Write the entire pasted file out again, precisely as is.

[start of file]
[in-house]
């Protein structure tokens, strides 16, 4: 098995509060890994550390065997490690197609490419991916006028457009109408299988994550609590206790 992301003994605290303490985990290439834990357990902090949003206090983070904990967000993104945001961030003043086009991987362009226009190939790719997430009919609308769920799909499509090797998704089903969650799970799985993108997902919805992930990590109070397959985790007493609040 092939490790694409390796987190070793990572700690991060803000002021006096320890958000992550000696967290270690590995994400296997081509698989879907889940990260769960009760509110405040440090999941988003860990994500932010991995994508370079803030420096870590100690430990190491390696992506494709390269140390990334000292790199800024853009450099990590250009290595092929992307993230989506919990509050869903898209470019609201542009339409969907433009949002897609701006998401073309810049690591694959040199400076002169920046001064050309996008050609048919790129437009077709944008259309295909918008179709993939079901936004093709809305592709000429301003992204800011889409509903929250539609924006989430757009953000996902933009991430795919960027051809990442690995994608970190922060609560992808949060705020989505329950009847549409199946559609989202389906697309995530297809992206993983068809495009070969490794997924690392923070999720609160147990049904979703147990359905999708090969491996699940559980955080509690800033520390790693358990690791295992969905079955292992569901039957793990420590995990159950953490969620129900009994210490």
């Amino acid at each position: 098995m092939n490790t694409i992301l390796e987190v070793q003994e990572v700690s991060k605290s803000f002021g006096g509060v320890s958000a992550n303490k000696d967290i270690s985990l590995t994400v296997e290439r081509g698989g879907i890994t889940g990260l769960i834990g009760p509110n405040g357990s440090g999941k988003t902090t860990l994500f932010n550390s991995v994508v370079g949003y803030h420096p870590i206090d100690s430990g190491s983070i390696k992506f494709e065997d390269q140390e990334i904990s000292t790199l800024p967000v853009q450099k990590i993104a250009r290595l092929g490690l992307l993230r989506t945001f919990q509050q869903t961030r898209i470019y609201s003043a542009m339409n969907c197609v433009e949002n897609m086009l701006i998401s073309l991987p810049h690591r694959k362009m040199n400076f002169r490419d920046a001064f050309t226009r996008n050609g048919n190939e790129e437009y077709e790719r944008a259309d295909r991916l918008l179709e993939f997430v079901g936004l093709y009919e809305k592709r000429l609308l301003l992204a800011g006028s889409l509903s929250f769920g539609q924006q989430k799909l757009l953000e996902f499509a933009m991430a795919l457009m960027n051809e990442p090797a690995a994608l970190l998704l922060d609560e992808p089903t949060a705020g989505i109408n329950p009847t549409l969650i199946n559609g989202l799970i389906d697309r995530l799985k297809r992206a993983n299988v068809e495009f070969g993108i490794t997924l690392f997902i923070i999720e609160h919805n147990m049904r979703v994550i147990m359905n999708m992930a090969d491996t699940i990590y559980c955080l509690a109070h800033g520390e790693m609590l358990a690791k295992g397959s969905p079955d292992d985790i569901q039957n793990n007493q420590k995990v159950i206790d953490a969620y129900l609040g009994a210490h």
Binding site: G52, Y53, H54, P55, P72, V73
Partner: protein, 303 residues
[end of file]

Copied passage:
[in-house]
């Protein structure tokens, strides 16, 4: 098995509060890994550390065997490690197609490419991916006028457009109408299988994550609590206790 992301003994605290303490985990290439834990357990902090949003206090983070904990967000993104945001961030003043086009991987362009226009190939790719997430009919609308769920799909499509090797998704089903969650799970799985993108997902919805992930990590109070397959985790007493609040 092939490790694409390796987190070793990572700690991060803000002021006096320890958000992550000696967290270690590995994400296997081509698989879907889940990260769960009760509110405040440090999941988003860990994500932010991995994508370079803030420096870590100690430990190491390696992506494709390269140390990334000292790199800024853009450099990590250009290595092929992307993230989506919990509050869903898209470019609201542009339409969907433009949002897609701006998401073309810049690591694959040199400076002169920046001064050309996008050609048919790129437009077709944008259309295909918008179709993939079901936004093709809305592709000429301003992204800011889409509903929250539609924006989430757009953000996902933009991430795919960027051809990442690995994608970190922060609560992808949060705020989505329950009847549409199946559609989202389906697309995530297809992206993983068809495009070969490794997924690392923070999720609160147990049904979703147990359905999708090969491996699940559980955080509690800033520390790693358990690791295992969905079955292992569901039957793990420590995990159950953490969620129900009994210490």
């Amino acid at each position: 098995m092939n490790t694409i992301l390796e987190v070793q003994e990572v700690s991060k605290s803000f002021g006096g509060v320890s958000a992550n303490k000696d967290i270690s985990l590995t994400v296997e290439r081509g698989g879907i890994t889940g990260l769960i834990g009760p509110n405040g357990s440090g999941k988003t902090t860990l994500f932010n550390s991995v994508v370079g949003y803030h420096p870590i206090d100690s430990g190491s983070i390696k992506f494709e065997d390269q140390e990334i904990s000292t790199l800024p967000v853009q450099k990590i993104a250009r290595l092929g490690l992307l993230r989506t945001f919990q509050q869903t961030r898209i470019y609201s003043a542009m339409n969907c197609v433009e949002n897609m086009l701006i998401s073309l991987p810049h690591r694959k362009m040199n400076f002169r490419d920046a001064f050309t226009r996008n050609g048919n190939e790129e437009y077709e790719r944008a259309d295909r991916l918008l179709e993939f997430v079901g936004l093709y009919e809305k592709r000429l609308l301003l992204a800011g006028s889409l509903s929250f769920g539609q924006q989430k799909l757009l953000e996902f499509a933009m991430a795919l457009m960027n051809e990442p090797a690995a994608l970190l998704l922060d609560e992808p089903t949060a705020g989505i109408n329950p009847t549409l969650i199946n559609g989202l799970i389906d697309r995530l799985k297809r992206a993983n299988v068809e495009f070969g993108i490794t997924l690392f997902i923070i999720e609160h919805n147990m049904r979703v994550i147990m359905n999708m992930a090969d491996t699940i990590y559980c955080l509690a109070h800033g520390e790693m609590l358990a690791k295992g397959s969905p079955d292992d985790i569901q039957n793990n007493q420590k995990v159950i206790d953490a969620y129900l609040g009994a210490h």
Binding site: G52, Y53, H54, P55, P72, V73
Partner: protein, 303 residues